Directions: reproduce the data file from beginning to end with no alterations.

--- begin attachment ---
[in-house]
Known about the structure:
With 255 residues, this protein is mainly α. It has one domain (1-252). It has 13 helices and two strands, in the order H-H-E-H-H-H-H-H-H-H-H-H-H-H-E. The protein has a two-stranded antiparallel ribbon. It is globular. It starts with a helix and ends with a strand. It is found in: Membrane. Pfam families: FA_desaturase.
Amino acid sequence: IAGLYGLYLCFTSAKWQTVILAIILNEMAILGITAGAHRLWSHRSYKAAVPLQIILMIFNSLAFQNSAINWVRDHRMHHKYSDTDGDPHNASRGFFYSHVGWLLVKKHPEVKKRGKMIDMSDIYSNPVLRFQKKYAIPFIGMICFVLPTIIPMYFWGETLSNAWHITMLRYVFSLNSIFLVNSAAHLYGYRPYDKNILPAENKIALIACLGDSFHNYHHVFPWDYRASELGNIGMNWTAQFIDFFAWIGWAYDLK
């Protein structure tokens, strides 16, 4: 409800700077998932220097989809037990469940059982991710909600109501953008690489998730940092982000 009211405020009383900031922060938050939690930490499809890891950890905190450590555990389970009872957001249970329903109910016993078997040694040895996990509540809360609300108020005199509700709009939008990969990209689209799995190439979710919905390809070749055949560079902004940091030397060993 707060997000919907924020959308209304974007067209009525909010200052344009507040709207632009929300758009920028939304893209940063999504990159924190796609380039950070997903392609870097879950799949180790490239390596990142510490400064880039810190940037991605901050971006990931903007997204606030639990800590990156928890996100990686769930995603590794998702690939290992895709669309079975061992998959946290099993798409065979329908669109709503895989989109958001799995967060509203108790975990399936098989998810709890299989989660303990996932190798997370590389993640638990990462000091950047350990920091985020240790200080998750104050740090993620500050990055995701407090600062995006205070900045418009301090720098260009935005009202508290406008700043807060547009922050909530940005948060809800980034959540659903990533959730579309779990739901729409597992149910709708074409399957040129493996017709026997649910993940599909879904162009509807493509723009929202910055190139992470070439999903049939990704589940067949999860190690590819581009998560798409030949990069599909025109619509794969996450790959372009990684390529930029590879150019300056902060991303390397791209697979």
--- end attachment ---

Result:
[in-house]
Known about the structure:
With 255 residues, this protein is mainly α. It has one domain (1-252). It has 13 helices and two strands, in the order H-H-E-H-H-H-H-H-H-H-H-H-H-H-E. The protein has a two-stranded antiparallel ribbon. It is globular. It starts with a helix and ends with a strand. It is found in: Membrane. Pfam families: FA_desaturase.
Amino acid sequence: IAGLYGLYLCFTSAKWQTVILAIILNEMAILGITAGAHRLWSHRSYKAAVPLQIILMIFNSLAFQNSAINWVRDHRMHHKYSDTDGDPHNASRGFFYSHVGWLLVKKHPEVKKRGKMIDMSDIYSNPVLRFQKKYAIPFIGMICFVLPTIIPMYFWGETLSNAWHITMLRYVFSLNSIFLVNSAAHLYGYRPYDKNILPAENKIALIACLGDSFHNYHHVFPWDYRASELGNIGMNWTAQFIDFFAWIGWAYDLK
């Protein structure tokens, strides 16, 4: 409800700077998932220097989809037990469940059982991710909600109501953008690489998730940092982000 009211405020009383900031922060938050939690930490499809890891950890905190450590555990389970009872957001249970329903109910016993078997040694040895996990509540809360609300108020005199509700709009939008990969990209689209799995190439979710919905390809070749055949560079902004940091030397060993 707060997000919907924020959308209304974007067209009525909010200052344009507040709207632009929300758009920028939304893209940063999504990159924190796609380039950070997903392609870097879950799949180790490239390596990142510490400064880039810190940037991605901050971006990931903007997204606030639990800590990156928890996100990686769930995603590794998702690939290992895709669309079975061992998959946290099993798409065979329908669109709503895989989109958001799995967060509203108790975990399936098989998810709890299989989660303990996932190798997370590389993640638990990462000091950047350990920091985020240790200080998750104050740090993620500050990055995701407090600062995006205070900045418009301090720098260009935005009202508290406008700043807060547009922050909530940005948060809800980034959540659903990533959730579309779990739901729409597992149910709708074409399957040129493996017709026997649910993940599909879904162009509807493509723009929202910055190139992470070439999903049939990704589940067949999860190690590819581009998560798409030949990069599909025109619509794969996450790959372009990684390529930029590879150019300056902060991303390397791209697979």